Peace brother…

And also with you;:slight_smile:

Hi,
It’s actually not so strange at all. The being that wishes an end to Christ’s true Church, which subsists in the actual body and blood of Our Lord Jesus Christ, (as opposed to the symbolic meal in the NCC), casts confusion into the minds of the faithful against that same CC whenever he can.

If you think about it, this confusion has been on-going for over 400 years, and has resulted in many leaving the true presence of the Savior himself in the CC for a watered down version of Christianity in the thousands of NCC’s. Those Christ-loving, but confused and largely uninformed about the CC, are without the aid of grace through the Sacraments, and are without the real presence of Jesus in the Eucharist. They are without the armour to fight the devil that is available through the Church that Jesus founded.

Off hand, I would say that this is a most effective way for the devil to attack and battle for souls, which is his goal always.

That’s using the presumption that “Catholic Church” refers to the “Roman Catholic Church.” Eastern Orthodox refer to themselves as the Catholic (and apostolic) Church as well, as (I believe) so do the Coptics and some Eastern Christian sects. In fact, many Protestant groups, in their creeds and confessions, use the term “catholic church” in the sense of the original meaning of catholic which was “universal.”

Byzantine, I’d say that it is safe to say that Ignatius of Antioch belonged to the CC, based on the fact that he says that, and that one CC split in the 11 th century.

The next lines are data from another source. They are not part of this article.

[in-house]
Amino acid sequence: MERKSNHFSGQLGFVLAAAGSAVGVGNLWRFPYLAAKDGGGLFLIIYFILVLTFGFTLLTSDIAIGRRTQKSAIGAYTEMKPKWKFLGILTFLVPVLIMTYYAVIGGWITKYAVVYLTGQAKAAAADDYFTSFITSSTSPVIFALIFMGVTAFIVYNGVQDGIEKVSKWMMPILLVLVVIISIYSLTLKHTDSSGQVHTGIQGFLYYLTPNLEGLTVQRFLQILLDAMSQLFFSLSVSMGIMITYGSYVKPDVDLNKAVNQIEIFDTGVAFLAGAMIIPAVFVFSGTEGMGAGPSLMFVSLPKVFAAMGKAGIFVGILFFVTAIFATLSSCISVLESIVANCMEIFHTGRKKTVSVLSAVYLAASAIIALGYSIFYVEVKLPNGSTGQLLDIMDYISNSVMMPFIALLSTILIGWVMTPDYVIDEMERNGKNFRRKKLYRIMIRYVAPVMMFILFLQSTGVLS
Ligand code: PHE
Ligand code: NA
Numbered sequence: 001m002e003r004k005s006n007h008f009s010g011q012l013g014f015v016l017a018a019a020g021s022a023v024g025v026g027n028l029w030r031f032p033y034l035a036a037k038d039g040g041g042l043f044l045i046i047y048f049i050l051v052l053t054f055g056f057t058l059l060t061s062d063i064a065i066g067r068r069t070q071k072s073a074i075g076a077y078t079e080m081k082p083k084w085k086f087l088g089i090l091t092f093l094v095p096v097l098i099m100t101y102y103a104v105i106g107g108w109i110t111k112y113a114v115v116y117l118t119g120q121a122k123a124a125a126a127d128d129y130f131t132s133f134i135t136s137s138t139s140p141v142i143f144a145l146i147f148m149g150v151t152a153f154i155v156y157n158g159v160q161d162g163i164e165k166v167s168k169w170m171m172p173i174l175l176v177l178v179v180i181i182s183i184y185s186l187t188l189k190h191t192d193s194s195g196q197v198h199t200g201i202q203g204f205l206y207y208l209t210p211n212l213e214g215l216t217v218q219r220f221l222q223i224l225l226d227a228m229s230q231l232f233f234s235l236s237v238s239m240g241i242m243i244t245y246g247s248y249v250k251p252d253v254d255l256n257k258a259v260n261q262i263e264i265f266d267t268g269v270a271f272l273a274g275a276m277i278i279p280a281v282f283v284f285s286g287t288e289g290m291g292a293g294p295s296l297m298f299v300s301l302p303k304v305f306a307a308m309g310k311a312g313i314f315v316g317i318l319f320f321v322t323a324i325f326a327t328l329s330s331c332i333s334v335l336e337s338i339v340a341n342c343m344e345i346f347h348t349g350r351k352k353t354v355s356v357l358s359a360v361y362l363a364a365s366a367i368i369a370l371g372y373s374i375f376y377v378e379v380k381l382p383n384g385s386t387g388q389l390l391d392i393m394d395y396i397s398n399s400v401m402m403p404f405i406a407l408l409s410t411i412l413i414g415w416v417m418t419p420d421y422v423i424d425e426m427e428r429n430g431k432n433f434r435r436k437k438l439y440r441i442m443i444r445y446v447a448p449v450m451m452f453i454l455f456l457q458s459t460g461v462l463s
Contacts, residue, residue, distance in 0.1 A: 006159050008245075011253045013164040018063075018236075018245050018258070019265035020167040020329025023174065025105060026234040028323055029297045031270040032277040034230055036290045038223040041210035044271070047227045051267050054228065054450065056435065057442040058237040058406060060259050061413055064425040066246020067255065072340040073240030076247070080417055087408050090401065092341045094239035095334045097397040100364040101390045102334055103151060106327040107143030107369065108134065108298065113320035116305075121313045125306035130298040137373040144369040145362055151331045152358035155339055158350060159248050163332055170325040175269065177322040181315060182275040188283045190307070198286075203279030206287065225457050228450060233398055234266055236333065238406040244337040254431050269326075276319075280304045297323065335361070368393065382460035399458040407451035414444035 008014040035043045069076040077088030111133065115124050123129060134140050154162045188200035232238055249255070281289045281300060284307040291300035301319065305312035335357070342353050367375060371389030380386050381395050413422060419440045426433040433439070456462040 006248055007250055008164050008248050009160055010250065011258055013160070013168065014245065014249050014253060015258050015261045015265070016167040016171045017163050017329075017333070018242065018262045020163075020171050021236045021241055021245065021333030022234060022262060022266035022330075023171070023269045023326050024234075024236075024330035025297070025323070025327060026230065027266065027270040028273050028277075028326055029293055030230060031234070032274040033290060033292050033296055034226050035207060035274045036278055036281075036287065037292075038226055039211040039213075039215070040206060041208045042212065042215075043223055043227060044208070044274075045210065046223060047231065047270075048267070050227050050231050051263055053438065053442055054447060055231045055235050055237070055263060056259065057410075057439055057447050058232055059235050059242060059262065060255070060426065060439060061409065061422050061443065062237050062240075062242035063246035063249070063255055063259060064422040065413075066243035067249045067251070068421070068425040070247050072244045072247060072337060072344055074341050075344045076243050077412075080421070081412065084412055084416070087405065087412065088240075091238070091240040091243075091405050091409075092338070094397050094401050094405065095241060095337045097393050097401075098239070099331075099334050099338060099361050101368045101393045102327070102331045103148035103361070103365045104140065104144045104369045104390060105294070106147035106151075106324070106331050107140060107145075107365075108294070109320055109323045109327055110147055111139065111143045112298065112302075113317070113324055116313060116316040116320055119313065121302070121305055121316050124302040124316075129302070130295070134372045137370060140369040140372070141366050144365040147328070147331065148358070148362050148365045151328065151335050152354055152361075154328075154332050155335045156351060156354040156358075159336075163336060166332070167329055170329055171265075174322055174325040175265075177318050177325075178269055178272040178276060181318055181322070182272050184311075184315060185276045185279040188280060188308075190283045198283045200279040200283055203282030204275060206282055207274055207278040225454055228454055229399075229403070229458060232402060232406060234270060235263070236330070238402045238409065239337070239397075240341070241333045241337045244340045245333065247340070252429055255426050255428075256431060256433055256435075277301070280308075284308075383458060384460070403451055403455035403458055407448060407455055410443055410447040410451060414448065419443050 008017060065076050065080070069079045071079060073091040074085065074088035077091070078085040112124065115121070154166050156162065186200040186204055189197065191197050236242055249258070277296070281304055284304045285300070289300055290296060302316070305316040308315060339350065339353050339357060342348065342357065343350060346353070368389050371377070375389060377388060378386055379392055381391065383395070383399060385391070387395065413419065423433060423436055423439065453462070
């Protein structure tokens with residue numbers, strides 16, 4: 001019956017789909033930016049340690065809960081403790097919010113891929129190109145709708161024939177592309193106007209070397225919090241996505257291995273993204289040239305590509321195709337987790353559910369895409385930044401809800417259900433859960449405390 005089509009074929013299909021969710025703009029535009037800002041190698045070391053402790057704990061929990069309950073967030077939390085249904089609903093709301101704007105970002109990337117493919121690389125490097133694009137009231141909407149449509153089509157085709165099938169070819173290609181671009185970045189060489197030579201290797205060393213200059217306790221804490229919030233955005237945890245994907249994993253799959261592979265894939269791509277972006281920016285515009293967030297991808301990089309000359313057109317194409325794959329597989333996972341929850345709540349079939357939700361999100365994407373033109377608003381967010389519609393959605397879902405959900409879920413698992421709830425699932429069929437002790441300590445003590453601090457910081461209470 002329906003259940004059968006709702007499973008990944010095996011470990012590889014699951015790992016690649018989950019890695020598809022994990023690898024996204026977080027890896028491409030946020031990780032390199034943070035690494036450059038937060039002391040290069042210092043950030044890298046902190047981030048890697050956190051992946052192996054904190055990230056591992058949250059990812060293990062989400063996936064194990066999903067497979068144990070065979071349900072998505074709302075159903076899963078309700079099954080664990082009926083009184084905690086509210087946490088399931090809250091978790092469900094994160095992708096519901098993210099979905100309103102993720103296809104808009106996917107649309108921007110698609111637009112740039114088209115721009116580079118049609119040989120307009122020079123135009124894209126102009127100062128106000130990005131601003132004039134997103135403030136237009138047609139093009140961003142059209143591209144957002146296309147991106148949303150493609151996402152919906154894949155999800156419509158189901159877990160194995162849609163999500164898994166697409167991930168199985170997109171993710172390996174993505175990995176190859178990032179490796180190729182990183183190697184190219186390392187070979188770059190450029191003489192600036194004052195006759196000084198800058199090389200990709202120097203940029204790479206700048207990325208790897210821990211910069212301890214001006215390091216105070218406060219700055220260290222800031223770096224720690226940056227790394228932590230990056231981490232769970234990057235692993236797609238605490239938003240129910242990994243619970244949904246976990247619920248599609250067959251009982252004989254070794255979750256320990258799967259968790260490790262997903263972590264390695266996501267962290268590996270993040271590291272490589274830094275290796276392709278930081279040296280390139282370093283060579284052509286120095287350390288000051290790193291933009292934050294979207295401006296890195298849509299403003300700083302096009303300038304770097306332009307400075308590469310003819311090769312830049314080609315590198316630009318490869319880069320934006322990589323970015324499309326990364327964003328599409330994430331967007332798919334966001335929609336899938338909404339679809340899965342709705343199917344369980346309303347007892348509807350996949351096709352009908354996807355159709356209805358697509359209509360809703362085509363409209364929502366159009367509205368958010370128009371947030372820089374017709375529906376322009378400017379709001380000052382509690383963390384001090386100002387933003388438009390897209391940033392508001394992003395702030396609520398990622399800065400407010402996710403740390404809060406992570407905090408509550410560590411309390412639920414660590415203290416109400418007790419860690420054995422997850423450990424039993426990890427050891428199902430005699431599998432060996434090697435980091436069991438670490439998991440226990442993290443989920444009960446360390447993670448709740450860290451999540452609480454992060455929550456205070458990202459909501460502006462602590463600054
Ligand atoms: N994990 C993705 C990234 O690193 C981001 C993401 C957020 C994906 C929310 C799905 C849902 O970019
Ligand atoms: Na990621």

The eastern and western Holy Sees had a schism in the 11th century, yes. No Christian denies that. But what, then, is your point? The title of your thread suggested Ignatius and Eusebius were members of the “the present day Catholic Church” - which “catholic church” were you referring to?

Hey Byzantine_Wolf…

The CC and EOC in my humble opinion, comprise the one (albeit divided) - visible church founded By the Jesus Christ circa AD 33, historically speaking, and that was the CC that Ignatius belonged to, and I pray every day for their unification. :thumbsup:

eh? what? Eucharist involving symbols not virtually unheard of for 11 centuries? hmmm…

Even though they have differing opinions regarding purgatory, papal infallibility, the immaculate conception of Mary, what ecumenical councils are valid, etc.? Furthermore, what about the Coptic Church? Are they part of the church established by Christ in 33 AD? This is getting a bit off-topic, but if we’re going to claim Ignatius and Eusebius were members of the same Catholic Church of today (and if by this we mean the Roman Catholic Church), then words and definitions have meaning.